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  •  Never met a broke doctor yet. (4+ / 0-)
    Recommended by:
    AoT, megisi, jrooth, evangeline135

    Not even once.

    Sorry, if somebody is gonna be on the chopping block, it ought to be you. Not a factory worker or poor minorities.

    But I'd be fully in favor of jacking up taxes if we could get that passed by doing nothing. Unfortunately, we have a reelected president  (who doesnt need us anymore) who is sharpening his meat axe. Somebody is gonna lose limbs.

    •  Not on our side then, goddamnit (5+ / 0-)

      Who says he doesn't need us anymore?  He's looking at four years of twiddling his thumbs right now, with the little people he could do anything.

      Fatalism is one thing, generalizations another.  I'm truly surprised, surely you know a great many physicians are superb liberals, democrats and human beings.  They have educations I dream about, and their immediate compassion and action can be immensely powerful, far more than my puny keystrokes can do.

      [looks at you] Surprising.

      •  I do. And they all could give up some $$$ and (4+ / 0-)

        still be alright. But the fact is the vast majority of physician advocacy groups in Washington are heavily republican.

        But the president, lets face it, is in a very strong position. Not only over Republicans, but over Democrats too.

        If you saw that memo about what he was willing to give up last year, you should be far more concerned about what he's going to do now that he doesn't need to respond to the electorate.

    •  I understand where you're coming from but... (4+ / 0-)

      Physicians leave school with hundreds of thousands of dollars in student loan debt. As for me, I just paid off my student loans from my Master's degree after 15 years this past March. Fortunately, there is enough of a shortage of Ph.D.s that I didn't have to pay for that degree.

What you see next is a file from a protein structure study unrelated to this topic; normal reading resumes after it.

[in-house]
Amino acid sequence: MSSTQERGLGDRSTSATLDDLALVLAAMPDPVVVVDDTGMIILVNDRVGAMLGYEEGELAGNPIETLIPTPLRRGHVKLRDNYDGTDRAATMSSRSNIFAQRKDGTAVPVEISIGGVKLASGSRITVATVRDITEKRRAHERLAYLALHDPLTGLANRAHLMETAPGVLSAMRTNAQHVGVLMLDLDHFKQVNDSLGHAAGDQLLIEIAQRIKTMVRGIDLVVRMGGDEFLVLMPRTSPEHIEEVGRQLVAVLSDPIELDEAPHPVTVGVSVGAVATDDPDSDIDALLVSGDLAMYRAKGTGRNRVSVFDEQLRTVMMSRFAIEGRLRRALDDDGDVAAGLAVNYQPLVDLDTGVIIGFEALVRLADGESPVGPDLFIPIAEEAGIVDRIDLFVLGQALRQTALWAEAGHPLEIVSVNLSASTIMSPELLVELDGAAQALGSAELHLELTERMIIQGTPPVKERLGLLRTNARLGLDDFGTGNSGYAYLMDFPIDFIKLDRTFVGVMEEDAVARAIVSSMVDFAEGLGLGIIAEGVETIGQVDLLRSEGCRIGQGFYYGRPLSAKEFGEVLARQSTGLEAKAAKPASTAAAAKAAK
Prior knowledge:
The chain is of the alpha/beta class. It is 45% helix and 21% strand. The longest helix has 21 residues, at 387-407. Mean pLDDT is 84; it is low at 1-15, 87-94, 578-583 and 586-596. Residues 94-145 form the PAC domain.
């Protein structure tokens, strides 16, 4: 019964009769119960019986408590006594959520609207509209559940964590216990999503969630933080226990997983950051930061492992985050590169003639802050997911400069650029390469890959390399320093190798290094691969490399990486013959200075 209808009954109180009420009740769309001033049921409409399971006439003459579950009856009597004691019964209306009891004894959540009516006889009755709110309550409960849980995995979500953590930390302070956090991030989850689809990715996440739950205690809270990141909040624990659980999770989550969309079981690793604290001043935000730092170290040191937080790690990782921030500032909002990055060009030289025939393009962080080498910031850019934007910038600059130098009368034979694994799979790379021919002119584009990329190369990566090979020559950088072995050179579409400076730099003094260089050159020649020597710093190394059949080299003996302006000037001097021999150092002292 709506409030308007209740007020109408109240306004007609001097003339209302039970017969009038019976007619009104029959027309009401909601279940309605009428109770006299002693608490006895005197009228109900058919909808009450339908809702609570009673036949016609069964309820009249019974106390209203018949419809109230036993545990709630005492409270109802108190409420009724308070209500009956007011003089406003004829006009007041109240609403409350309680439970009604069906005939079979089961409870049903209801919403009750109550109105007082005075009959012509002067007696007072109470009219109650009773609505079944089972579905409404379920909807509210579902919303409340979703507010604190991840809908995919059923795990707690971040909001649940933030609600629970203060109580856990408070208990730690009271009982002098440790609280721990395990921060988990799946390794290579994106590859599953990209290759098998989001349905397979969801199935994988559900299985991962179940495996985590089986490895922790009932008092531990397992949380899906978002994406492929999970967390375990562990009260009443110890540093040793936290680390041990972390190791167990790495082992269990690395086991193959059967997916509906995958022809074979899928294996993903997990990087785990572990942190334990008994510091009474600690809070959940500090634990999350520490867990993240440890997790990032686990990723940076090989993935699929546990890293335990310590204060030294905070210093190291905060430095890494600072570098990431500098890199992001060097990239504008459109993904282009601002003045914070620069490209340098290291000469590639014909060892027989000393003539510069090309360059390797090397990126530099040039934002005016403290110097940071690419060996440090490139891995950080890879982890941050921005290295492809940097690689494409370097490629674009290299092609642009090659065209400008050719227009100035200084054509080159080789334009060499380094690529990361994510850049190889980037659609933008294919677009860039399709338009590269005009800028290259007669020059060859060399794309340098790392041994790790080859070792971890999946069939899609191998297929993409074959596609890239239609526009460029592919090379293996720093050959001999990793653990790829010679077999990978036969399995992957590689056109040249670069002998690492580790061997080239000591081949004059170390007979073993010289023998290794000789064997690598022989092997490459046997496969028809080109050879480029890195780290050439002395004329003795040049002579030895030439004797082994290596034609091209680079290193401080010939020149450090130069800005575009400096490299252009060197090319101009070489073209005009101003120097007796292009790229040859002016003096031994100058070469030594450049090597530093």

At $16 per therapy session from Medicaid, I couldn't afford to keep the doors open if I were running a private practice. If I were running a private practice, I couldn't bill for seeing patients in groups. That's just not an option with Medicare, Medicaid, or the private insurers. If I tried it, they'd shut me down. Group therapy is only an option in the school districts.

      Most people are enrolled in speech-language therapy for 1-3 years depending on the disorder type and the severity. We generally see clients 1-2 per week. Any less than that and they might as well not come at all.

      To give you some idea of the overhead we face, one of the standard language tests we use for kids costs $515 for the ages 5-8 version. The score forms are $60 for 25 forms. A frequently used artic test is $200 and the forms are $55 for 25. I frequently use a literacy test that is $800 for the picture plates and $90 for 25 forms. One form per individual and those original forms better be in the file. That doesn't include all of the other consumables I'd need - gloves, tongue depressors, anti-bacterial wipes so your kid doesn't get sick from the kid before him, games, iPads to run therapy apps, etc. Nor does it even begin to cover the costs of malpractice insurance premiums - even in my field.

      •  Primary Care Physicians (7+ / 0-)

        are often very stressed these days too.  They can't bring in the income of specialists and the insurance companies and the hospitals are squeezing them like crazy.   Many are retiring early, at least early compared to the age physicians liked to retire when they enjoyed the job.  Finding providers is going to become a problem for Medicare patients.

      •  That's why we should fund Medical School, like (0+ / 0-)

        they do elsewhere.

        If we at least subsidized malpractice and enacted some sensible tort reform, then doctors could live well on a lot less income...